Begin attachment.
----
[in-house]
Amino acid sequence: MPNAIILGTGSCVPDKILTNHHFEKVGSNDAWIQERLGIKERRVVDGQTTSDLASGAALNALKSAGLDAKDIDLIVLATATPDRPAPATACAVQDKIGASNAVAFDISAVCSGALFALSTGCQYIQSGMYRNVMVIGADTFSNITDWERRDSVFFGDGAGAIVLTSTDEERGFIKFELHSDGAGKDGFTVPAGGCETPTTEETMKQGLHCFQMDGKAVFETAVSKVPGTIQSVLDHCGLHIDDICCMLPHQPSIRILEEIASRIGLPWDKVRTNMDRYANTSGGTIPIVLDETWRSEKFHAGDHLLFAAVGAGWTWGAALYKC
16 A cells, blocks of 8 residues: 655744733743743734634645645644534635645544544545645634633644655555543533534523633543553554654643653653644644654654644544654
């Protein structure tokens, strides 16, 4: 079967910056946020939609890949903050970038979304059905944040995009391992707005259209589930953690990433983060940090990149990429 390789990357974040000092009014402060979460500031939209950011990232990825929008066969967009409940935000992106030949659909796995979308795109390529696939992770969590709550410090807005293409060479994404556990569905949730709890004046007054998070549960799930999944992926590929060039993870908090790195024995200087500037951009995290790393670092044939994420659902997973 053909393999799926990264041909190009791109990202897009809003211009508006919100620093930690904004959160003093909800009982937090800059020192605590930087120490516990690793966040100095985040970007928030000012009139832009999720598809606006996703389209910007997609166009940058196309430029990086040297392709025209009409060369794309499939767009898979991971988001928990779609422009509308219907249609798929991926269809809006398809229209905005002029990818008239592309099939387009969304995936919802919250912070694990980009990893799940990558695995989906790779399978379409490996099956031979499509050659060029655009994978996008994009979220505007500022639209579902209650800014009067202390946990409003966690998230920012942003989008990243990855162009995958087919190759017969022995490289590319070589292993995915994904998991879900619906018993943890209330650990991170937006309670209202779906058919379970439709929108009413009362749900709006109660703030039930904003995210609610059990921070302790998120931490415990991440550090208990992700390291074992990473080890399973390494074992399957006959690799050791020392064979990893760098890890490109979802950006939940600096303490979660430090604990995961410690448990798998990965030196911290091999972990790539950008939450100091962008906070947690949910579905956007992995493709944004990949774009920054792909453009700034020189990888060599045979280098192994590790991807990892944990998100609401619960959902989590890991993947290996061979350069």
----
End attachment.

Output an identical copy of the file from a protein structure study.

[in-house]
Amino acid sequence: MPNAIILGTGSCVPDKILTNHHFEKVGSNDAWIQERLGIKERRVVDGQTTSDLASGAALNALKSAGLDAKDIDLIVLATATPDRPAPATACAVQDKIGASNAVAFDISAVCSGALFALSTGCQYIQSGMYRNVMVIGADTFSNITDWERRDSVFFGDGAGAIVLTSTDEERGFIKFELHSDGAGKDGFTVPAGGCETPTTEETMKQGLHCFQMDGKAVFETAVSKVPGTIQSVLDHCGLHIDDICCMLPHQPSIRILEEIASRIGLPWDKVRTNMDRYANTSGGTIPIVLDETWRSEKFHAGDHLLFAAVGAGWTWGAALYKC
16 A cells, blocks of 8 residues: 655744733743743734634645645644534635645544544545645634633644655555543533534523633543553554654643653653644644654654644544654
């Protein structure tokens, strides 16, 4: 079967910056946020939609890949903050970038979304059905944040995009391992707005259209589930953690990433983060940090990149990429 390789990357974040000092009014402060979460500031939209950011990232990825929008066969967009409940935000992106030949659909796995979308795109390529696939992770969590709550410090807005293409060479994404556990569905949730709890004046007054998070549960799930999944992926590929060039993870908090790195024995200087500037951009995290790393670092044939994420659902997973 053909393999799926990264041909190009791109990202897009809003211009508006919100620093930690904004959160003093909800009982937090800059020192605590930087120490516990690793966040100095985040970007928030000012009139832009999720598809606006996703389209910007997609166009940058196309430029990086040297392709025209009409060369794309499939767009898979991971988001928990779609422009509308219907249609798929991926269809809006398809229209905005002029990818008239592309099939387009969304995936919802919250912070694990980009990893799940990558695995989906790779399978379409490996099956031979499509050659060029655009994978996008994009979220505007500022639209579902209650800014009067202390946990409003966690998230920012942003989008990243990855162009995958087919190759017969022995490289590319070589292993995915994904998991879900619906018993943890209330650990991170937006309670209202779906058919379970439709929108009413009362749900709006109660703030039930904003995210609610059990921070302790998120931490415990991440550090208990992700390291074992990473080890399973390494074992399957006959690799050791020392064979990893760098890890490109979802950006939940600096303490979660430090604990995961410690448990798998990965030196911290091999972990790539950008939450100091962008906070947690949910579905956007992995493709944004990949774009920054792909453009700034020189990888060599045979280098192994590790991807990892944990998100609401619960959902989590890991993947290996061979350069």